Tennessee parents who are approaching divorce may be interested in the results of a study that indicates joint parenting gives children the greatest likelihood of success. Meanwhile, statistics show that the mother is awarded physical custody in 80 percent of cases decided by the courts. Critics of shared physical custody argue that conflict between estranged parents has too detrimental an effect on children.
According to a professor of educational and adolescent psychology at Wake Forest University, though, the role of parental conflict has been exaggerated and should not determine child custody outcomes. She examined the data and results of 44 previous studies on divorce conflict and its impact on children and did not find strong support that conflict necessarily means a poor outcome for the kids. Rather, she found that the quality of the relationships between each of the parents and the child is the most important factor.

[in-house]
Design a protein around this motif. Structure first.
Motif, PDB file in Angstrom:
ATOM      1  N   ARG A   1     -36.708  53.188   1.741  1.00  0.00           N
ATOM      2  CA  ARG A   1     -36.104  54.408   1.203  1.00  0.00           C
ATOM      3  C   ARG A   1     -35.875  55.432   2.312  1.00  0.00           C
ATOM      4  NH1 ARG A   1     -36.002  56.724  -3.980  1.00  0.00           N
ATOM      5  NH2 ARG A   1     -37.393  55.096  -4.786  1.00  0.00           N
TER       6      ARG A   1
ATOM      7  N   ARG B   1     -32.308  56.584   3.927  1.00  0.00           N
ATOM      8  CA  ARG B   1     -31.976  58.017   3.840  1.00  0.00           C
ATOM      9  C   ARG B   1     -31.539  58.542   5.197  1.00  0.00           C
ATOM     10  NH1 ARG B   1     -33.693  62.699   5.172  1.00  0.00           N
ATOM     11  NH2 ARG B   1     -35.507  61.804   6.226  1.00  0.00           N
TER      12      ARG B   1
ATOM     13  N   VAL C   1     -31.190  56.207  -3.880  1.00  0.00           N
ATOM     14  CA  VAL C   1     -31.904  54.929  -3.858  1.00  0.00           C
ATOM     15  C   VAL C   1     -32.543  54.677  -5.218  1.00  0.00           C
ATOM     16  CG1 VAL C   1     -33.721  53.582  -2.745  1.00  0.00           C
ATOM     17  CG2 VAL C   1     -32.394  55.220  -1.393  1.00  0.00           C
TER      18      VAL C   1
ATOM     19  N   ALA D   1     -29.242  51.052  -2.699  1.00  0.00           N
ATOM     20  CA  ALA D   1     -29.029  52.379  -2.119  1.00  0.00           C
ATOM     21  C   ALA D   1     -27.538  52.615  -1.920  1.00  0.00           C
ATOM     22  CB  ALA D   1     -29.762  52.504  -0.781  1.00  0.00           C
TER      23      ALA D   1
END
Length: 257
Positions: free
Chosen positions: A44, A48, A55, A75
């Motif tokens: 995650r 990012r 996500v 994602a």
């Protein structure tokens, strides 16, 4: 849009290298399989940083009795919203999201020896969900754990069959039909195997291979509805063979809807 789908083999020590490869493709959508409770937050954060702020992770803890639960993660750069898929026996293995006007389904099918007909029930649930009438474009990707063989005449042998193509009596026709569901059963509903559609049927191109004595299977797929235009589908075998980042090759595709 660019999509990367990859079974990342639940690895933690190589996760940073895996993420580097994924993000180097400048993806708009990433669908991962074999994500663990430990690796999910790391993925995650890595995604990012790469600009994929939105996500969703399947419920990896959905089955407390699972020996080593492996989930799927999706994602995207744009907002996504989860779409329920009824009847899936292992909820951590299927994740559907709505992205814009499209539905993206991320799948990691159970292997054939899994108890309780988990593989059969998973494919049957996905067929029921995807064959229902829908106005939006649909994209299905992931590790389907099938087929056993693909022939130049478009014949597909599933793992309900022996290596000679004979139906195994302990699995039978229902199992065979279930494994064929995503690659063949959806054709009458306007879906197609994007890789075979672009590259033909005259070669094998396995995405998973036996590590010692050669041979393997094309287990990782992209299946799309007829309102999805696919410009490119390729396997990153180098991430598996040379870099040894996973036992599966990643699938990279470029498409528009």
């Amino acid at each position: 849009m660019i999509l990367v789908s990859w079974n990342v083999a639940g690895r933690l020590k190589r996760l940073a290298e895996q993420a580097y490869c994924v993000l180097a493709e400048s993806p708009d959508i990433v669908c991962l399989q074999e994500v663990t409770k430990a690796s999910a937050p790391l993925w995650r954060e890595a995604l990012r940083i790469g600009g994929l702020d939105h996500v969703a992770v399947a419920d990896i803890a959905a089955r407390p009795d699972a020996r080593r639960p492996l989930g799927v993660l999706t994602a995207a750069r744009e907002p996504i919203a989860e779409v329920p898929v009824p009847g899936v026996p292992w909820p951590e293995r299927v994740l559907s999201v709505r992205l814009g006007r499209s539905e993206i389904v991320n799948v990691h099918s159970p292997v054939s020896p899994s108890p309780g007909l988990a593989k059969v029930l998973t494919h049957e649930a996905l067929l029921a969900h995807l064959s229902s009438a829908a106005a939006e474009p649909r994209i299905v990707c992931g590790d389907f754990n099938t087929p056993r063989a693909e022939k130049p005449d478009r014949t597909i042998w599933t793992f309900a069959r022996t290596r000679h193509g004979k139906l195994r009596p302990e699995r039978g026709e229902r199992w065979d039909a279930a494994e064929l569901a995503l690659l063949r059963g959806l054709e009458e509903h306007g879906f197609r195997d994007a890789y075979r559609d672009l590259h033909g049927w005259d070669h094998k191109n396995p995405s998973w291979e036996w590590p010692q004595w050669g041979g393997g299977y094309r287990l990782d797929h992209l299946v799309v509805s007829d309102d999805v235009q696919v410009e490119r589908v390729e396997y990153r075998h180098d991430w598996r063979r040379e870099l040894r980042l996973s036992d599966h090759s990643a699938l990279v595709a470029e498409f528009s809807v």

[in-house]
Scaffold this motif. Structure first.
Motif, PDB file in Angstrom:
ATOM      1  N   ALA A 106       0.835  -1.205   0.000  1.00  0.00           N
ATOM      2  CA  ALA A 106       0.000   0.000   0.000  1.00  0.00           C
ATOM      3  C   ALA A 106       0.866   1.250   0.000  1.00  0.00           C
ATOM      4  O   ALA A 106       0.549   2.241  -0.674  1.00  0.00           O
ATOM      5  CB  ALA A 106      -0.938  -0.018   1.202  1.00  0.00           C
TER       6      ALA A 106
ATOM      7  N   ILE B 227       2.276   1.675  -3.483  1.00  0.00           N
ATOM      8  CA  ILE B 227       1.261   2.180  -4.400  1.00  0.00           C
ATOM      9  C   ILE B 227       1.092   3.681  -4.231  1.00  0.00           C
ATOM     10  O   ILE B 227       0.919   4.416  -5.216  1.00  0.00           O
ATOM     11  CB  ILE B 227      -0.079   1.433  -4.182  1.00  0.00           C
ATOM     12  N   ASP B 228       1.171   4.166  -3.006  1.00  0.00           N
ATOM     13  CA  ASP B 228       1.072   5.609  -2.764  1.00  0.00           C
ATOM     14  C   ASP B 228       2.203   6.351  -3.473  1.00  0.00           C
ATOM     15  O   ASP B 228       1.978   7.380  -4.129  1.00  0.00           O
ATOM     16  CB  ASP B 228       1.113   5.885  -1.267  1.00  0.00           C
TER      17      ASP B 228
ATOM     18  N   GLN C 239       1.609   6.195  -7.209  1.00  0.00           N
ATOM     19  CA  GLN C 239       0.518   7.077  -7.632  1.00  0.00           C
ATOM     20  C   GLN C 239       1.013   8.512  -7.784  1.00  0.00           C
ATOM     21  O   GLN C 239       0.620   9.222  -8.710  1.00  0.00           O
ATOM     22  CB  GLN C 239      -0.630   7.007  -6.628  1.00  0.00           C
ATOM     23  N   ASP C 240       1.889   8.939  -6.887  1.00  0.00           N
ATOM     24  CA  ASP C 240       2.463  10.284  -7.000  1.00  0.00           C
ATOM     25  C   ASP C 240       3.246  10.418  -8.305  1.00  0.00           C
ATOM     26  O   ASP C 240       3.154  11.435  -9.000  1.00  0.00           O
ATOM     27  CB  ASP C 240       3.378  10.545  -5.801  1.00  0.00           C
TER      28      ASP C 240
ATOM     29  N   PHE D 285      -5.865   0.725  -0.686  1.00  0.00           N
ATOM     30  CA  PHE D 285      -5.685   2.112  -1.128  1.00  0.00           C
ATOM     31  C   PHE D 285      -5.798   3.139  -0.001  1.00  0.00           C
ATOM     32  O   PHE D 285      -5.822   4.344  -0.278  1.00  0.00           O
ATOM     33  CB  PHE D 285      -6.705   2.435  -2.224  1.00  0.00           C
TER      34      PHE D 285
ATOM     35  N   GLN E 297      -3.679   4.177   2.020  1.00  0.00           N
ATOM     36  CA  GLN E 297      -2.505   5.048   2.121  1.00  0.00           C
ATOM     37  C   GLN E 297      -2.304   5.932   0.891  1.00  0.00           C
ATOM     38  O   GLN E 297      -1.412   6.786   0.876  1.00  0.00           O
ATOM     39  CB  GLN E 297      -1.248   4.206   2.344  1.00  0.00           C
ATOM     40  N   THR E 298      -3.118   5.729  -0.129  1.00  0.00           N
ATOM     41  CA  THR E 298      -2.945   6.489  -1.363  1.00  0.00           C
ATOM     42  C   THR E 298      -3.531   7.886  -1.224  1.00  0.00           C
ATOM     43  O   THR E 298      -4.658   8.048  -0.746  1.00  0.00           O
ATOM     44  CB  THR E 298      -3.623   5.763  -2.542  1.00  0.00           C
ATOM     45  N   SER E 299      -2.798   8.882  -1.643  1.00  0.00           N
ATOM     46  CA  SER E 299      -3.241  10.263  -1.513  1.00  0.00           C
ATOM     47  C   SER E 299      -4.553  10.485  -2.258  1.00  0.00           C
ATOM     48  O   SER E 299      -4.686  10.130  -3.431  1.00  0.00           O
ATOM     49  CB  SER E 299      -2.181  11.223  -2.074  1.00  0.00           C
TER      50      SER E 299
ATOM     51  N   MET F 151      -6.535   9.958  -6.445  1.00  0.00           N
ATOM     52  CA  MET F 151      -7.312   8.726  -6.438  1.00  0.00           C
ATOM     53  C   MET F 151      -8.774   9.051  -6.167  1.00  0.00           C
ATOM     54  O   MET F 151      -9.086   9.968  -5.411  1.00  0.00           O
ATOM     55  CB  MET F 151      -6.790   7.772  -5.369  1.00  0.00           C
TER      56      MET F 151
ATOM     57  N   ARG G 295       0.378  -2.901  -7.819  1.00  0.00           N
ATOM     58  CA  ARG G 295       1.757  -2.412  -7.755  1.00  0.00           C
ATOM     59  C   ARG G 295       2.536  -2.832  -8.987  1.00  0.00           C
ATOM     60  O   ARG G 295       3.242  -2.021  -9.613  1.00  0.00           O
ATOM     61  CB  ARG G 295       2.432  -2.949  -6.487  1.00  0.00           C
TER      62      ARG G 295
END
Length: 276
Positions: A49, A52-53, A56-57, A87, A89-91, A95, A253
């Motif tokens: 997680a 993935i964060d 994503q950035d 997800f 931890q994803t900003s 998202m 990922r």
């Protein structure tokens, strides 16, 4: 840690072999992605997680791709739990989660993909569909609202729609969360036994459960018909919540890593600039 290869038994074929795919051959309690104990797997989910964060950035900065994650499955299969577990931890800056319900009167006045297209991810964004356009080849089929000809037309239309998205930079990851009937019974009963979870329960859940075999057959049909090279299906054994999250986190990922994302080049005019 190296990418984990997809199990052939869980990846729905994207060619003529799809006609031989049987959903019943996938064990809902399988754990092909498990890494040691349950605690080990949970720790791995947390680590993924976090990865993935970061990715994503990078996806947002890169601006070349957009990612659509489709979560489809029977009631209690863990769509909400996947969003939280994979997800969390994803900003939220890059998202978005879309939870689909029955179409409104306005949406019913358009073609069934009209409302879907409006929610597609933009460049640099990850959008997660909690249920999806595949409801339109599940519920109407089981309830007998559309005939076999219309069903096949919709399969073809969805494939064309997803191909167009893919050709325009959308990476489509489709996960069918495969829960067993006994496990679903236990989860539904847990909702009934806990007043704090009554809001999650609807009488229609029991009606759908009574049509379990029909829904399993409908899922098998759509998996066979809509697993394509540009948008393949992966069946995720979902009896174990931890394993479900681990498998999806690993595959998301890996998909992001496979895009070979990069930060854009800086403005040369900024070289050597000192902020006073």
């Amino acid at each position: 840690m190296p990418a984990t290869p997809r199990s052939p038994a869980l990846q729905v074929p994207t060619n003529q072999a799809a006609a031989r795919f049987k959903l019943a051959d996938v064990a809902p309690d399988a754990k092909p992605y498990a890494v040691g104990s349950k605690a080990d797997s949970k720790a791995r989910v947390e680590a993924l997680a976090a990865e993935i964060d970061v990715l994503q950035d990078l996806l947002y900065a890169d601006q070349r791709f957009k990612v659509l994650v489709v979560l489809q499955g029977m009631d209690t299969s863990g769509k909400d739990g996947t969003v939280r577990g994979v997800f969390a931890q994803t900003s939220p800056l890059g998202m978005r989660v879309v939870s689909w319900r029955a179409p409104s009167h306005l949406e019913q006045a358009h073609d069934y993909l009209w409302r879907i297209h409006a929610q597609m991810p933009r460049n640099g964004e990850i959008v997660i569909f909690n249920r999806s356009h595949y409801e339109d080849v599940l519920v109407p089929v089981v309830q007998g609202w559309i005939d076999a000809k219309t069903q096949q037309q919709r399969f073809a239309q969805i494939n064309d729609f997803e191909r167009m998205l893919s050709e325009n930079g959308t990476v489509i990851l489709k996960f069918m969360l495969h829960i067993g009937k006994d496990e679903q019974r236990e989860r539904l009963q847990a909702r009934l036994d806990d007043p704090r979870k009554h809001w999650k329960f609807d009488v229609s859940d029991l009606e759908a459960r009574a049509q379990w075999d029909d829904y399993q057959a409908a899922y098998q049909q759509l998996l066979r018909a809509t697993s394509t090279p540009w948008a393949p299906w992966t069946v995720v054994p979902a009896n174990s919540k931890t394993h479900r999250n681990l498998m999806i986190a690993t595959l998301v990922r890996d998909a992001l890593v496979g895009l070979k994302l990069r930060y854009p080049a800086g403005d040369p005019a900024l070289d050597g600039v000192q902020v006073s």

Conflict is difficult for children of married parents as well, and the professor says it is not parental conflict, but the parent-child relationships that most impact the life of the child. Going forward, the professor believes the courts should focus on developing policies and programs to strengthen the child’s relationships with each of his or her parents and reducing the child’s exposure to conflict. It should not be assumed, according to the professor, that joint custody is not a viable option.
A founder of the National Parents Organization and public health doctor said children whose parents share custody do better on every measure of development. Parents who have questions about child custody options might want to speak with a lawyer who may be able to help develop a custody arrangement that works for the children and the parents and which can be submitted to the court for its approval.